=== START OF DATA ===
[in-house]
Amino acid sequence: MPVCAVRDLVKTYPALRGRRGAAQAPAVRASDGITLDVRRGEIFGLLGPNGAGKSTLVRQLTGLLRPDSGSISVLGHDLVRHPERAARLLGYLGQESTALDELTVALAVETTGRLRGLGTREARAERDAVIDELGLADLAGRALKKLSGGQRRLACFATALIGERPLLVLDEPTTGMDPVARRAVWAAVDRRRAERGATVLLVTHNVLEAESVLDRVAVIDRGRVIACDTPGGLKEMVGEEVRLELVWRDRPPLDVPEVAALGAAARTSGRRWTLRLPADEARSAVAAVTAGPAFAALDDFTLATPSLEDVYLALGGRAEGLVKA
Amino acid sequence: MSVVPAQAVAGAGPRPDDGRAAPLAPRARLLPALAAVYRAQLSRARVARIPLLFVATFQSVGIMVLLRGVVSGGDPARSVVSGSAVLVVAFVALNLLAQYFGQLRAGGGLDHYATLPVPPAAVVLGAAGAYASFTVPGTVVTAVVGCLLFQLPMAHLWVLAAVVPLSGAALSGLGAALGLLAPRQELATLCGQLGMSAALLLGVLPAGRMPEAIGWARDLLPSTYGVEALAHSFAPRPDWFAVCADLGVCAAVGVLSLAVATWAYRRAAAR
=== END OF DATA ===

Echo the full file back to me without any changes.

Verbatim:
[in-house]
Amino acid sequence: MPVCAVRDLVKTYPALRGRRGAAQAPAVRASDGITLDVRRGEIFGLLGPNGAGKSTLVRQLTGLLRPDSGSISVLGHDLVRHPERAARLLGYLGQESTALDELTVALAVETTGRLRGLGTREARAERDAVIDELGLADLAGRALKKLSGGQRRLACFATALIGERPLLVLDEPTTGMDPVARRAVWAAVDRRRAERGATVLLVTHNVLEAESVLDRVAVIDRGRVIACDTPGGLKEMVGEEVRLELVWRDRPPLDVPEVAALGAAARTSGRRWTLRLPADEARSAVAAVTAGPAFAALDDFTLATPSLEDVYLALGGRAEGLVKA
Amino acid sequence: MSVVPAQAVAGAGPRPDDGRAAPLAPRARLLPALAAVYRAQLSRARVARIPLLFVATFQSVGIMVLLRGVVSGGDPARSVVSGSAVLVVAFVALNLLAQYFGQLRAGGGLDHYATLPVPPAAVVLGAAGAYASFTVPGTVVTAVVGCLLFQLPMAHLWVLAAVVPLSGAALSGLGAALGLLAPRQELATLCGQLGMSAALLLGVLPAGRMPEAIGWARDLLPSTYGVEALAHSFAPRPDWFAVCADLGVCAAVGVLSLAVATWAYRRAAAR